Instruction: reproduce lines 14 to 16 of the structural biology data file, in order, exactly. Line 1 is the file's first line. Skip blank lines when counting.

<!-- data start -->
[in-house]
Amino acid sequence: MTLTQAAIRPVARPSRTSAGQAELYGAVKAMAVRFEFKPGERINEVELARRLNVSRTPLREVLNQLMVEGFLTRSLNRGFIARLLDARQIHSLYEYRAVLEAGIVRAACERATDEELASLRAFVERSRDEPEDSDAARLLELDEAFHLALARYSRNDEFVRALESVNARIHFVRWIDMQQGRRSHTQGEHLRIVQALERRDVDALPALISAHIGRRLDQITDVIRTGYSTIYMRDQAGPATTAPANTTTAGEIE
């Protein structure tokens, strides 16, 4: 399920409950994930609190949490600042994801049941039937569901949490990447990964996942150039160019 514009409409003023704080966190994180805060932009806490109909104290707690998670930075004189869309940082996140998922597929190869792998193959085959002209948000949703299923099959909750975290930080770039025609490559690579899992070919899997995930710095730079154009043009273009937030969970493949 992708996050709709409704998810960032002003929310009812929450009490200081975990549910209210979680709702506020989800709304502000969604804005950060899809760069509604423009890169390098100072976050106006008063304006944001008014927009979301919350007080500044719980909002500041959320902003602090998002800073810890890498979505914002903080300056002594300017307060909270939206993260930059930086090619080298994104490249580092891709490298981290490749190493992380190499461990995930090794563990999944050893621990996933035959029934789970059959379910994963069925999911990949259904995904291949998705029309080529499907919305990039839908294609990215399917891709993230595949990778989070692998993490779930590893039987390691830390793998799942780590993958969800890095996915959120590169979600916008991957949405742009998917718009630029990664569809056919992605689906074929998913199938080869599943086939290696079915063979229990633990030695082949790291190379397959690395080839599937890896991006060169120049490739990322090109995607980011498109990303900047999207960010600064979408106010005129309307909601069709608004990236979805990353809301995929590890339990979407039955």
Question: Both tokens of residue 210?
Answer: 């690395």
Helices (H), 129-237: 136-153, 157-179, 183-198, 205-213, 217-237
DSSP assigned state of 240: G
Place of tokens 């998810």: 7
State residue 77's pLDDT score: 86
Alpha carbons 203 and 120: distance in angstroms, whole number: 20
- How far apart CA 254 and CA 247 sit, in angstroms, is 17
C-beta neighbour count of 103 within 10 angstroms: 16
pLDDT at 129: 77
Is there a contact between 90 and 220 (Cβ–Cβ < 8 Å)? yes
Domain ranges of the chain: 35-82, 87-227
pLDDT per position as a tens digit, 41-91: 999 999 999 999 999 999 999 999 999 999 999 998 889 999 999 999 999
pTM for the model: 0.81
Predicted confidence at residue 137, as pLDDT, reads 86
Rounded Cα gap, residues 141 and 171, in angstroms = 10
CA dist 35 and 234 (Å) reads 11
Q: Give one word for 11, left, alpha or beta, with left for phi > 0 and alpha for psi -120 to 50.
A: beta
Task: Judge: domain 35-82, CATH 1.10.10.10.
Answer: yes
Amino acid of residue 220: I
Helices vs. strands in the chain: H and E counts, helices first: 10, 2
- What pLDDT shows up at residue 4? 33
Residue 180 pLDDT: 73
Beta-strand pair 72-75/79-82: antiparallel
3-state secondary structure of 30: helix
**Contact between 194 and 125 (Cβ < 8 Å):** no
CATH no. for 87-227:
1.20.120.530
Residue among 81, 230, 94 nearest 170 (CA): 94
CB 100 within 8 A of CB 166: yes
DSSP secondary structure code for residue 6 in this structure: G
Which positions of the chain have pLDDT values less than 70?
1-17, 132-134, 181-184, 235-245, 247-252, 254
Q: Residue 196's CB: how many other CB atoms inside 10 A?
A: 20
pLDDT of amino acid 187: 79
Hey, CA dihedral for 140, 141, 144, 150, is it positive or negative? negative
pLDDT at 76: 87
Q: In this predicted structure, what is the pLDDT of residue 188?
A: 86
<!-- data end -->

Is there a contact between 90 and 220 (Cβ–Cβ < 8 Å)? yes
Domain ranges of the chain: 35-82, 87-227
pLDDT per position as a tens digit, 41-91: 999 999 999 999 999 999 999 999 999 999 999 998 889 999 999 999 999